Pseudopod 047: Akropolis

By Matt Wallace

Read by Phil Rossi

Danneth is thirty-six and he still dreams of it. Five of them entered
the Akropolis that night. It should’ve been hot, but the stone was
cold when they touched it. They wandered the empty city for hours
before finally making the trek up the long, steep steps. They made
their way to the highest chamber, a fortified structure surrounded by
battlements crowned with twisted, unrecognizable shapes. It was empty,
too. They found a room with veined walls, lines thick and twisting
like petrified kudzu. The strange runes that they would come to know
as runati surrounded the throne-like chair with its stone skull cap,
the dome designed to open heads and burn the runati into brains.

Somehow it spoke to Danneth’s father. What it later took the
scientists months to begin to decipher, the old man knew that first
night. But he let them fumble with it, allowed them to study it, to
begin to expose it to the world. He let them believe he was a simple
farmer just happy to have made first contact with such a discovery.
And when the time came that their inept ministrations were of no more
use, he, the simple farmer, ejected the government from the Akropolis.

Bruce P
July 20th, 2007 3:36 pm

I found this story a rather bland, and was left with a feeling of “so what?”

July 20th, 2007 6:14 pm

I disagree with you Bruce. I find this story creepy as all get out. I think the story is epic. I can see how MW got a short story optioned for film.

I also found this story to be well read. Thumbs up.

July 21st, 2007 9:24 pm

One of my favorite PseudoPods so far. Expected yet another boring commute through the Cthulu Mythos, but instead got a strongly voiced, economic, well designed tale with a great, perfectly owned twist. We’ll hope for the best with Wallace’s film option.

Mark Henderson
July 22nd, 2007 2:01 pm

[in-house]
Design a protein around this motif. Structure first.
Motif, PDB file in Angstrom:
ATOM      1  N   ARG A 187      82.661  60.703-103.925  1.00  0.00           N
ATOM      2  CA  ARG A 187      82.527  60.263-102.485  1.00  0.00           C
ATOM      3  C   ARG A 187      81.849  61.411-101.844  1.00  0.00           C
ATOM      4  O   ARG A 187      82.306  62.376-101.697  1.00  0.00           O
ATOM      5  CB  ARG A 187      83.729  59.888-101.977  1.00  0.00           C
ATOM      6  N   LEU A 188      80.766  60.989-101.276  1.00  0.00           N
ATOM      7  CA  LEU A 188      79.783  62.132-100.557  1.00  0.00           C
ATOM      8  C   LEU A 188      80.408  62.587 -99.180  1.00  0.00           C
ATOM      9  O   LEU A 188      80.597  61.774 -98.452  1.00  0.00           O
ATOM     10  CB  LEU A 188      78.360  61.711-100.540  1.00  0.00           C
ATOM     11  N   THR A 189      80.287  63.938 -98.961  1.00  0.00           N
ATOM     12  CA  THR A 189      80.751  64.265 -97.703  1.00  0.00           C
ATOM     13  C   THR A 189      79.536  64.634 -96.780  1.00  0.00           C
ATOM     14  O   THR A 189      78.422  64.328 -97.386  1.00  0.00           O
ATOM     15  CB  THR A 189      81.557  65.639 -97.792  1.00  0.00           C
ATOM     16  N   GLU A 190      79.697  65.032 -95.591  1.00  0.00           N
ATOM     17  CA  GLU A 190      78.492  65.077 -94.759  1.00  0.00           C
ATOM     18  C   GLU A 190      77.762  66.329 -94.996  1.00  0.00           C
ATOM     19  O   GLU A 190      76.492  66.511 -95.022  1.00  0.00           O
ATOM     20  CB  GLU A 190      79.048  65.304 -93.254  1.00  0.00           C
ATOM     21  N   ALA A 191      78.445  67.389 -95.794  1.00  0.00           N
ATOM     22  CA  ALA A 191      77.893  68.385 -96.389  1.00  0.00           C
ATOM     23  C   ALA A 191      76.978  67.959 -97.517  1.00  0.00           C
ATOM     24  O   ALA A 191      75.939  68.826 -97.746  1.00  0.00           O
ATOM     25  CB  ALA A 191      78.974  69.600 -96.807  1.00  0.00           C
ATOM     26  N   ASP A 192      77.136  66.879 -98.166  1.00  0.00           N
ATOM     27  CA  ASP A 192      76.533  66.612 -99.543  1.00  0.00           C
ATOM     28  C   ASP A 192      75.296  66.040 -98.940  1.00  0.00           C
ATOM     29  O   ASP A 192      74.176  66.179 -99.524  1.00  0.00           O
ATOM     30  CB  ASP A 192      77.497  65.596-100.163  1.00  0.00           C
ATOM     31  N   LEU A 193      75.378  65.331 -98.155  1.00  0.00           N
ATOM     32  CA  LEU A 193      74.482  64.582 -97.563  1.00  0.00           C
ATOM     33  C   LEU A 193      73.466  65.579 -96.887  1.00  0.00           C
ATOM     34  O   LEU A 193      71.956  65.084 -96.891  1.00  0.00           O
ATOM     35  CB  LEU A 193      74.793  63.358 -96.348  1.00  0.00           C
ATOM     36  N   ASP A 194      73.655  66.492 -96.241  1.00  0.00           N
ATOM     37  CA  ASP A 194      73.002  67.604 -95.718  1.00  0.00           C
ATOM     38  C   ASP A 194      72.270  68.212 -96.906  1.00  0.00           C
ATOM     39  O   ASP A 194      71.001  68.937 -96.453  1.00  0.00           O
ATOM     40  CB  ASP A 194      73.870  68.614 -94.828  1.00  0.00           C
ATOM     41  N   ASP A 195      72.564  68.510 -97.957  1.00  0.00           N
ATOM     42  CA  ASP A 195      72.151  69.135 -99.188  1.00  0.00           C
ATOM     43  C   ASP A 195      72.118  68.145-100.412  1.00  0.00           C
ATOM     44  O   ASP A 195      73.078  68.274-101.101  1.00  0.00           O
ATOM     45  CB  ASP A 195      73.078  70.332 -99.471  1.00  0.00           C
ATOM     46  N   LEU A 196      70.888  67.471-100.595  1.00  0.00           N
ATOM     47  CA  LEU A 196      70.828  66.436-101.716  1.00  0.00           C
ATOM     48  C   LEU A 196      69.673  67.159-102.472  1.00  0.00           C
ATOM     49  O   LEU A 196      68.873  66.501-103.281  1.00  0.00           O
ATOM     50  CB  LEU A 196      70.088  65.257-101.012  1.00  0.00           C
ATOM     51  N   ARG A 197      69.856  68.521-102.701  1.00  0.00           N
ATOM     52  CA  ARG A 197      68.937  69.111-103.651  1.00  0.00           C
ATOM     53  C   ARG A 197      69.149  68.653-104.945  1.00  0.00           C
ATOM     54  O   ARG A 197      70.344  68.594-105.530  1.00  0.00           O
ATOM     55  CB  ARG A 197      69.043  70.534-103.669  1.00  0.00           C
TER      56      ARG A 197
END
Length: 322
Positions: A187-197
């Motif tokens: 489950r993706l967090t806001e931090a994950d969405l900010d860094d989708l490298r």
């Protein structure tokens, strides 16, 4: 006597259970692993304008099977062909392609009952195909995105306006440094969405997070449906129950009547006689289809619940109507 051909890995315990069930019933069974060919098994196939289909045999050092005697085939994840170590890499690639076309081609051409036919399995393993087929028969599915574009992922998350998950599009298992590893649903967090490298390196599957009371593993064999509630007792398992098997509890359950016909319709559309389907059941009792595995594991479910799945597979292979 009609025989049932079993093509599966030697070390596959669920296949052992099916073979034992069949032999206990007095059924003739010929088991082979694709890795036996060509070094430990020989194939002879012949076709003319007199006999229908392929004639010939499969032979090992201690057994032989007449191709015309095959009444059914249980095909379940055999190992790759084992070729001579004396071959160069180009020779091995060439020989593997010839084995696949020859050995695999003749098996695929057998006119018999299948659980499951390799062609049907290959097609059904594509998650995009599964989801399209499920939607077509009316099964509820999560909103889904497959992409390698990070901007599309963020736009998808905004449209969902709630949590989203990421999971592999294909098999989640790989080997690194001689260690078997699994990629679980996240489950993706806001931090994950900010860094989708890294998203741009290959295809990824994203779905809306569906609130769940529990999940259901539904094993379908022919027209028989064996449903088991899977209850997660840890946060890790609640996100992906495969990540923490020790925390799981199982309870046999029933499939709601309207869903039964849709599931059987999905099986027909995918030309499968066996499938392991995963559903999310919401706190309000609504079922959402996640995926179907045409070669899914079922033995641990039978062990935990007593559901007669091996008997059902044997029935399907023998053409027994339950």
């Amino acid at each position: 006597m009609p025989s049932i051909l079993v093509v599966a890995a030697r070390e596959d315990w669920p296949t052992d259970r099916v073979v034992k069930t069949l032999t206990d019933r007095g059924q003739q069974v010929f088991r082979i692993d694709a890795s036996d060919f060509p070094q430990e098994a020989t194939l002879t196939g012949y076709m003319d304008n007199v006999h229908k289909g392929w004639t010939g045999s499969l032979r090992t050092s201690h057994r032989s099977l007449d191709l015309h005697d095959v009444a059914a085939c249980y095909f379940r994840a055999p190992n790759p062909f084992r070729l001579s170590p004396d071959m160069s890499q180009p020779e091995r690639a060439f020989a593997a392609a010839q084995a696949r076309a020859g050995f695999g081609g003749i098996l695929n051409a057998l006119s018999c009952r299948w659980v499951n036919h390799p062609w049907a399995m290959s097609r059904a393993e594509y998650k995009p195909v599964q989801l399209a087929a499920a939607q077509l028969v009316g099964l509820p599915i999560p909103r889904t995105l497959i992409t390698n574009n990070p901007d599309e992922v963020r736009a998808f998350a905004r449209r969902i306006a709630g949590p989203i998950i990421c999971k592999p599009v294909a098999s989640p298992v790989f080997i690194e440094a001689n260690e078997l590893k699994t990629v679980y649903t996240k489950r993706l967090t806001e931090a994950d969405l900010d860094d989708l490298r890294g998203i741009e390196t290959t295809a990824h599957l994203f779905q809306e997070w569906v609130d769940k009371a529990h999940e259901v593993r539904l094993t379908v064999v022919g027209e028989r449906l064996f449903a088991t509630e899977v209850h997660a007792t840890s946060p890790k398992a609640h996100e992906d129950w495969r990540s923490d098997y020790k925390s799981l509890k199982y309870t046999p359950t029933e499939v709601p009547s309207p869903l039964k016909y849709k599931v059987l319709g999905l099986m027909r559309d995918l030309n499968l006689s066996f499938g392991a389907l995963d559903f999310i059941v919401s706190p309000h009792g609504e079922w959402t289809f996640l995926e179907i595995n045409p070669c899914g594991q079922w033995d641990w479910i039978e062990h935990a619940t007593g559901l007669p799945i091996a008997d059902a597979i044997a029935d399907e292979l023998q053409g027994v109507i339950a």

Excellent story, excellent reading. Totally creeped me out and I listened to it several times already. Refreshing horror fiction.

Bruce P
July 23rd, 2007 11:27 am

I didn’t think there was anything creepy about it. Unstoppable protagonist meets no true challenge. The twist at the end would make for a better story.

Dave (aka Nev the Deranged... or is it the other way around?)
July 25th, 2007 7:55 pm

I really liked this one. I don’t find any so-called “horror” stories particularly frightening, but I appreciated the epic scale and the twist ending. It could have had a little more detail, and as Bruce notes, a worthy antagonist might have been more interesting, but I sense that wasn’t really the point of the story. The Akropoli HAD to be all-powerful, to make their impending slavery mean something. Very well red, too.

I also think this scenario would make an interesting setting for a game. Sure, the alien overlords bit has been done, but you can never get too much of a good thing.

Unless it’s cheese.

Alex Debord
August 2nd, 2007 3:20 am

I was very very scared of the whole thing :/ I mean, to me the most horrifying this is utter helplessness, not like zombies that you can just shoot in the head, but real MONSTERS like this. Although it doesn’t have the blood and gore than some of us enjoy, it just goes to show you what a good author can do. I hope to see the film!

August 3rd, 2007 2:39 pm

Best yet. Or at least among my top 3.

The absence of a traditional ‘antagonist’ didn’t hurt this story at all. It was a strong concept piece, experimental, yes, but quite good. I thoroughly enjoyed the image of the masters descending in their great city to claim the world their servant has taken for them. At the end, I had a great image of the once-human cephalopoid Danneth silhouetted squamously against the stars atop his tower and looking with joy as his masters arrive. It gave a fantastic sense of the epic scope and awesome power of these beings.

August 11th, 2007 12:19 pm

This story, from the school of “tell, don’t show,” was one of the more painful stories to which to listen from the tentacle works here in quite some time. I kept waiting for something to happen. Some sort of development, some sort of challenge, some sort of conflict.

But, when you write in a manner that just tells everything instead of showing it, there’s no room for action, challenge, or conflict. What you’re left with is a bland outline of a story.

Seriously. I’d have honestly preferred a rerun of that werewolf president flop than this, it was so bad.

Nyct Amotus
September 22nd, 2007 9:06 pm

I liked it, and I was just considering listening to it again. But the twist ending (to me) made it “epically hopeless” and there was not much on an individual human scale to relate to.

March 21st, 2008 8:47 am

This story was fantastic- one of Pseudopod’s best. 10/10

Mari Mitchell
April 15th, 2008 4:46 am

Interesting but not the best lovecraftian tale. Then again I have not liked his others here either.

May 21st, 2009 2:16 pm

I really liked this; the perspective was so incredibly alien and inhuman that it was actually scary to me.